Neck Lift Recovery: Timeline, Tips, & What To Expect

Written by Cameron Craven, MD, FACS, Board Certified Plastic Surgeon on July 23, 2020 8 Comments

neck lift surgery

Depending on the technique uses, a neck lift procedure can involve a lower rhytidectomy or lower facelift, a platysmaplasty in which muscles are tightened, a cervicoplasty in which excess skin is removed, our neck contouring via liposuction in which excess fats are removed through small incisions behind the ears or underneath the chin. Each of these techniques improves appearance and signs of aging in the neck, lower jaw or chin.

Neck lifts can be done under general anesthesia or local anesthesia as an outpatient procedure and typically take less than 3 hours. While you’ll be home from your procedure the same day, a full recovery in the neck area can take one month or longer.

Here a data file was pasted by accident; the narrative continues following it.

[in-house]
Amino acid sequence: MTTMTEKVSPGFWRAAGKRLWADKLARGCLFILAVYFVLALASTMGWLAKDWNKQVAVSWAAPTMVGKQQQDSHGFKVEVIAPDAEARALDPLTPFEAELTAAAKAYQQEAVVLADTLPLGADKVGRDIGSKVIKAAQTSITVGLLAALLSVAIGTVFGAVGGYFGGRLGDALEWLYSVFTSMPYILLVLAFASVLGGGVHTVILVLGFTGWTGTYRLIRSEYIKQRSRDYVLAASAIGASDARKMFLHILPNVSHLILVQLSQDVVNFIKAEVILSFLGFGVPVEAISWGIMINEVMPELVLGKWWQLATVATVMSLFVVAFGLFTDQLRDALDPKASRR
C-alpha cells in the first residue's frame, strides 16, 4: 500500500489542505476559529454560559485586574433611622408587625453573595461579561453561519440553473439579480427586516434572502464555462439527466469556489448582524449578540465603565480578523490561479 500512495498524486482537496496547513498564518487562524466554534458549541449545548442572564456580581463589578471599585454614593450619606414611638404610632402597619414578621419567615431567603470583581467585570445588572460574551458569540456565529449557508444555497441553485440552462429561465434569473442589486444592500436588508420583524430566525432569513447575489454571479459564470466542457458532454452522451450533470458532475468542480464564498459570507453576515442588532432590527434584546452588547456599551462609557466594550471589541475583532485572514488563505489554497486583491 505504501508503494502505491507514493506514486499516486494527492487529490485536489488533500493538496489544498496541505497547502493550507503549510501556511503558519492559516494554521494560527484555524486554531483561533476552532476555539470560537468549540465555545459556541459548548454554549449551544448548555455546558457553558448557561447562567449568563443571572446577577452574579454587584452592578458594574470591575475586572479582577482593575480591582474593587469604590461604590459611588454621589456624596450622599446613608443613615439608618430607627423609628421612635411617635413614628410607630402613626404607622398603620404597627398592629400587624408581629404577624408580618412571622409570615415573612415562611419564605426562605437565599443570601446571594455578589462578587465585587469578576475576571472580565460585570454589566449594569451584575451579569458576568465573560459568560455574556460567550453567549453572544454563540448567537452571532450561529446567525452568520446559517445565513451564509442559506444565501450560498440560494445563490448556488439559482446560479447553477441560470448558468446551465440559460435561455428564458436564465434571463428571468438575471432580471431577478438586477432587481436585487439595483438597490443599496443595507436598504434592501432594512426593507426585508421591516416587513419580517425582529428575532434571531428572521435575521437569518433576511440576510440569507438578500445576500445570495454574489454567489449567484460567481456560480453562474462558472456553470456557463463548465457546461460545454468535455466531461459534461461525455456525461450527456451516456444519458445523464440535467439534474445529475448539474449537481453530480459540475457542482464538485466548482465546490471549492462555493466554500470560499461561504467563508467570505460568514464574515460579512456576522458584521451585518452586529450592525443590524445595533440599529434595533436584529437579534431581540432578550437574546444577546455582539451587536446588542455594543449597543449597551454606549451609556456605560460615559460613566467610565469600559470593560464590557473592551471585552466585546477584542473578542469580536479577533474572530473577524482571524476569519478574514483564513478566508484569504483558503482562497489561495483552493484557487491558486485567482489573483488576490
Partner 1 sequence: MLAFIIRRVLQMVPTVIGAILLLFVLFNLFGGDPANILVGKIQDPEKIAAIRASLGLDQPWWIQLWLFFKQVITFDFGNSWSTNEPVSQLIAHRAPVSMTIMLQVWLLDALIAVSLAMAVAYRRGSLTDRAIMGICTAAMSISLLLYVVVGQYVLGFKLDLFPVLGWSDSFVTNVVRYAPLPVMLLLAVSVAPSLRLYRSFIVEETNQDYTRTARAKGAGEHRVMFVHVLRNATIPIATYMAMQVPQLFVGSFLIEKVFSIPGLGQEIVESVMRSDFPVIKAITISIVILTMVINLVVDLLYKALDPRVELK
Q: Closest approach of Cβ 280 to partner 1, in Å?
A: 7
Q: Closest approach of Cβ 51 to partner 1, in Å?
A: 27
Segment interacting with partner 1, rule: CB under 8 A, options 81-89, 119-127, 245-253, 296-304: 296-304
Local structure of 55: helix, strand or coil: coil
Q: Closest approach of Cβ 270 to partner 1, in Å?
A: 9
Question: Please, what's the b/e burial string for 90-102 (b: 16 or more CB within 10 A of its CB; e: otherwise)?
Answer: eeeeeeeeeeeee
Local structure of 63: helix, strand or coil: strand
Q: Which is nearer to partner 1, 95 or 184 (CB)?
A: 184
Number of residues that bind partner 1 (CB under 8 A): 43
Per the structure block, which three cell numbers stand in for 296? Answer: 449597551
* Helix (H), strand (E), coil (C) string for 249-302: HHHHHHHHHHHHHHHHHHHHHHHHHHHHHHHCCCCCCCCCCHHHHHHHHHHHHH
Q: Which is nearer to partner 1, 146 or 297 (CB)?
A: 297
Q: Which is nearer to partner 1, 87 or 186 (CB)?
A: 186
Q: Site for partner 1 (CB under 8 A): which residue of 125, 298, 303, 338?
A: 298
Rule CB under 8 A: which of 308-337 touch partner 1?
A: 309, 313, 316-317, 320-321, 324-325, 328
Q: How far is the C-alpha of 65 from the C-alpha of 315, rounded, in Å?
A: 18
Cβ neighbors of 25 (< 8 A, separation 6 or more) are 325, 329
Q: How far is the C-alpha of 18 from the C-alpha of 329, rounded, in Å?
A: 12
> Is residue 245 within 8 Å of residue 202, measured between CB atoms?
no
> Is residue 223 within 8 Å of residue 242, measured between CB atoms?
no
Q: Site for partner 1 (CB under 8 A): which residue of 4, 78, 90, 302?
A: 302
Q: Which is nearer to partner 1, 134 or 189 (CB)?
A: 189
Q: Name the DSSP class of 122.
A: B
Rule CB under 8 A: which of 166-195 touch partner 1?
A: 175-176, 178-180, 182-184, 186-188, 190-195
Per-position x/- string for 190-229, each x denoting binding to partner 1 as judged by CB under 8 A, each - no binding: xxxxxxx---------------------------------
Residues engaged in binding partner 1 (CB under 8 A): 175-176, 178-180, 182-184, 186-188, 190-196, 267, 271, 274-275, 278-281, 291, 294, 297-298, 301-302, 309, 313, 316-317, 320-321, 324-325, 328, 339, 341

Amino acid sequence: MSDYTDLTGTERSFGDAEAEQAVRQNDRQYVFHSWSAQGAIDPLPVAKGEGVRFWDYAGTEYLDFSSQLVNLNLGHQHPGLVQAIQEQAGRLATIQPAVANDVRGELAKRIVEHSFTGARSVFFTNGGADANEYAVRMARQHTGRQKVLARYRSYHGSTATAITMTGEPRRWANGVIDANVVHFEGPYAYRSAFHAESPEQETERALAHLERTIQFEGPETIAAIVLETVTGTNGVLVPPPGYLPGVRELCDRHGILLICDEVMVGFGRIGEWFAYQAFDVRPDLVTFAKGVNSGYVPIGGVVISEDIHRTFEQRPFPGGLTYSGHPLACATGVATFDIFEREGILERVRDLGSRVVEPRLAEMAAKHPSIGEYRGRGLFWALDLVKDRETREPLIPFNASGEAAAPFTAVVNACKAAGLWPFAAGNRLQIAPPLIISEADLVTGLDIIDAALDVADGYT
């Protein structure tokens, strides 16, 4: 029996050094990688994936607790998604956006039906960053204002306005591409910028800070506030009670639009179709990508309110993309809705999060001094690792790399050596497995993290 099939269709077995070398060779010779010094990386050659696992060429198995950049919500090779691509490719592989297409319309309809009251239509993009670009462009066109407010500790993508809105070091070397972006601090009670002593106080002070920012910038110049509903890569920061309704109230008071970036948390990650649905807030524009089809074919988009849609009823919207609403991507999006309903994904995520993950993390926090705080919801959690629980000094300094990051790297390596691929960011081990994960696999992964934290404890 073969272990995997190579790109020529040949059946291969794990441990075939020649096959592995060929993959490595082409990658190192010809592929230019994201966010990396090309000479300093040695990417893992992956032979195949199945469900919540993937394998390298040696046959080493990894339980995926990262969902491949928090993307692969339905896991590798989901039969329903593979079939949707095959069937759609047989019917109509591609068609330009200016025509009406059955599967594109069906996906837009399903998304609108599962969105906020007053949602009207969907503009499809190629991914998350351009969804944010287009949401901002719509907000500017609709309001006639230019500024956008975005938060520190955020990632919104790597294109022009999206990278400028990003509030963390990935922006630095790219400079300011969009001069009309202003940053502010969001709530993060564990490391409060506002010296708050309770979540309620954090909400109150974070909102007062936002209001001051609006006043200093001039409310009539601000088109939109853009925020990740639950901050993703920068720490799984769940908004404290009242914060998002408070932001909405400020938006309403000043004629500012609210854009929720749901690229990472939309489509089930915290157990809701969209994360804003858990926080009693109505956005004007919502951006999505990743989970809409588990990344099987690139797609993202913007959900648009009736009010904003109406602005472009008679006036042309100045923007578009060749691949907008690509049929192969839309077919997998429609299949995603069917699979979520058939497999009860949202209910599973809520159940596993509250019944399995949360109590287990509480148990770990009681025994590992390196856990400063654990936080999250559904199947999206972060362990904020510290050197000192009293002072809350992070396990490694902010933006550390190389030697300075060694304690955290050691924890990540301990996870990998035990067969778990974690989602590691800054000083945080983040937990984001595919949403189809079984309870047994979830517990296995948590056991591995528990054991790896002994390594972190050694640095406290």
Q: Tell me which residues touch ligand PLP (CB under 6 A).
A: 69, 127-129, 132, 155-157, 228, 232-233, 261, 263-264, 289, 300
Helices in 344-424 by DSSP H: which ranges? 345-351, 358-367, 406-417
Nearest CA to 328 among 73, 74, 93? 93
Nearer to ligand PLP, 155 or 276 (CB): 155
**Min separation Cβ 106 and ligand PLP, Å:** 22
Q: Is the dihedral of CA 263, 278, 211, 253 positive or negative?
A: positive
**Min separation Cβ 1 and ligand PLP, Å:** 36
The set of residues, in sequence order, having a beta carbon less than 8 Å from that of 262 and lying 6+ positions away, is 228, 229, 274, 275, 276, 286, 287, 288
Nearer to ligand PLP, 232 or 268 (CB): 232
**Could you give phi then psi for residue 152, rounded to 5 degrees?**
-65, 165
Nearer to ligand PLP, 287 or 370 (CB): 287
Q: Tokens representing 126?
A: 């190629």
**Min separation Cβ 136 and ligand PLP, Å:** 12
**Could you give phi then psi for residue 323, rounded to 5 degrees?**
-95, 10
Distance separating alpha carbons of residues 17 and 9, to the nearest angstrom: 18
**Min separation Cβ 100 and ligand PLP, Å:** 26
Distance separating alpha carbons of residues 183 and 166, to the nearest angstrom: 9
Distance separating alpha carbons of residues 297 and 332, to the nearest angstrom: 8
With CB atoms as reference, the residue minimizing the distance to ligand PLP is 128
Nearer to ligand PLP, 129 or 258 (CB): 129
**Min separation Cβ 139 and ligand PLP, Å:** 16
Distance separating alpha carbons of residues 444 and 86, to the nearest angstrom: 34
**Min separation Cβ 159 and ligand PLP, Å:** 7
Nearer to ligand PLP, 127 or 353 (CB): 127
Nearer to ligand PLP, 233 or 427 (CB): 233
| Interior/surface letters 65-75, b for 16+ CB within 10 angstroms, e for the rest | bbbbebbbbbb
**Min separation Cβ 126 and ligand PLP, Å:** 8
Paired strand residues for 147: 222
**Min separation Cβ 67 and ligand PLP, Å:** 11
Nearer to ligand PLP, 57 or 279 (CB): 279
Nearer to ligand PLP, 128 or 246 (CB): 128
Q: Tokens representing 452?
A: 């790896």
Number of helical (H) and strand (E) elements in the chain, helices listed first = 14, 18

Recovery times vary considerably depending upon various characteristics including the procedure you’ve chosen, your genetics, your age, your general health and other factors such as tolerance for pain.

In this post we’ll provide a general timeline of milestones in order to provide prospective patients with an idea of what to expect following the procedure. We will also provide tips for making neck lift recovery as quick and easy as possible.

Recovery Milestone & Timelines

1-3 Days Post Surgery:

Not only can general anesthesia make you nauseous but you’ll be sent home having already received pain medications, which can have some unpleasant side effects. Plan to have someone drive you home and stay with you in the first 24-48 hours after surgery.

You’ll feel weak and tired. You’ll either be bandaged around the neck, chin and face, or you’ll be wearing a supportive chin strap. Expect to have stitches at the incision sites, and possibly a small tube underneath your skin to help drain excess fluids. This drainage will be removed and your bandages will be changed at your first post-operative appointment, which may be as soon as one day after surgery.